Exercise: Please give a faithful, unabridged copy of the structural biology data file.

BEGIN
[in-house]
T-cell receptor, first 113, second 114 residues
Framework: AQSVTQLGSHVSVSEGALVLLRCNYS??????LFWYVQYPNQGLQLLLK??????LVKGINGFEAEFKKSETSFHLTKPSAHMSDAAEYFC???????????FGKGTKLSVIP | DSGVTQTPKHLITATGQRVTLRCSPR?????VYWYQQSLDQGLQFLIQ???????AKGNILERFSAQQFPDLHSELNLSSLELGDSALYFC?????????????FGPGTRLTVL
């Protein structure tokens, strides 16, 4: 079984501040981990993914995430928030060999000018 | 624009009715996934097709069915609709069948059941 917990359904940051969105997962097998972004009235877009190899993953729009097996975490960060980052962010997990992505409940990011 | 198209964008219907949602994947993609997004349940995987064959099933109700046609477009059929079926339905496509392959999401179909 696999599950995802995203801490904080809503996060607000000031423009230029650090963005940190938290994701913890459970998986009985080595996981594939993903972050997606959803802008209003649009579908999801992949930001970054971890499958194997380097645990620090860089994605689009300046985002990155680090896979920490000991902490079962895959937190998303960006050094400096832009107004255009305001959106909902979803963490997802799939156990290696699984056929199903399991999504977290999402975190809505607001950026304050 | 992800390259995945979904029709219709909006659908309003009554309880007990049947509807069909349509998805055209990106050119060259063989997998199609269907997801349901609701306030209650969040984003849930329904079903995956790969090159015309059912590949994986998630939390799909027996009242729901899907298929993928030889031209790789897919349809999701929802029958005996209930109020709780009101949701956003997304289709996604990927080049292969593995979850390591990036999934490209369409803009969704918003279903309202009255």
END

[in-house]
T-cell receptor, first 113, second 114 residues
Framework: AQSVTQLGSHVSVSEGALVLLRCNYS??????LFWYVQYPNQGLQLLLK??????LVKGINGFEAEFKKSETSFHLTKPSAHMSDAAEYFC???????????FGKGTKLSVIP | DSGVTQTPKHLITATGQRVTLRCSPR?????VYWYQQSLDQGLQFLIQ???????AKGNILERFSAQQFPDLHSELNLSSLELGDSALYFC?????????????FGPGTRLTVL
């Protein structure tokens, strides 16, 4: 079984501040981990993914995430928030060999000018 | 624009009715996934097709069915609709069948059941 917990359904940051969105997962097998972004009235877009190899993953729009097996975490960060980052962010997990992505409940990011 | 198209964008219907949602994947993609997004349940995987064959099933109700046609477009059929079926339905496509392959999401179909 696999599950995802995203801490904080809503996060607000000031423009230029650090963005940190938290994701913890459970998986009985080595996981594939993903972050997606959803802008209003649009579908999801992949930001970054971890499958194997380097645990620090860089994605689009300046985002990155680090896979920490000991902490079962895959937190998303960006050094400096832009107004255009305001959106909902979803963490997802799939156990290696699984056929199903399991999504977290999402975190809505607001950026304050 | 992800390259995945979904029709219709909006659908309003009554309880007990049947509807069909349509998805055209990106050119060259063989997998199609269907997801349901609701306030209650969040984003849930329904079903995956790969090159015309059912590949994986998630939390799909027996009242729901899907298929993928030889031209790789897919349809999701929802029958005996209930109020709780009101949701956003997304289709996604990927080049292969593995979850390591990036999934490209369409803009969704918003279903309202009255």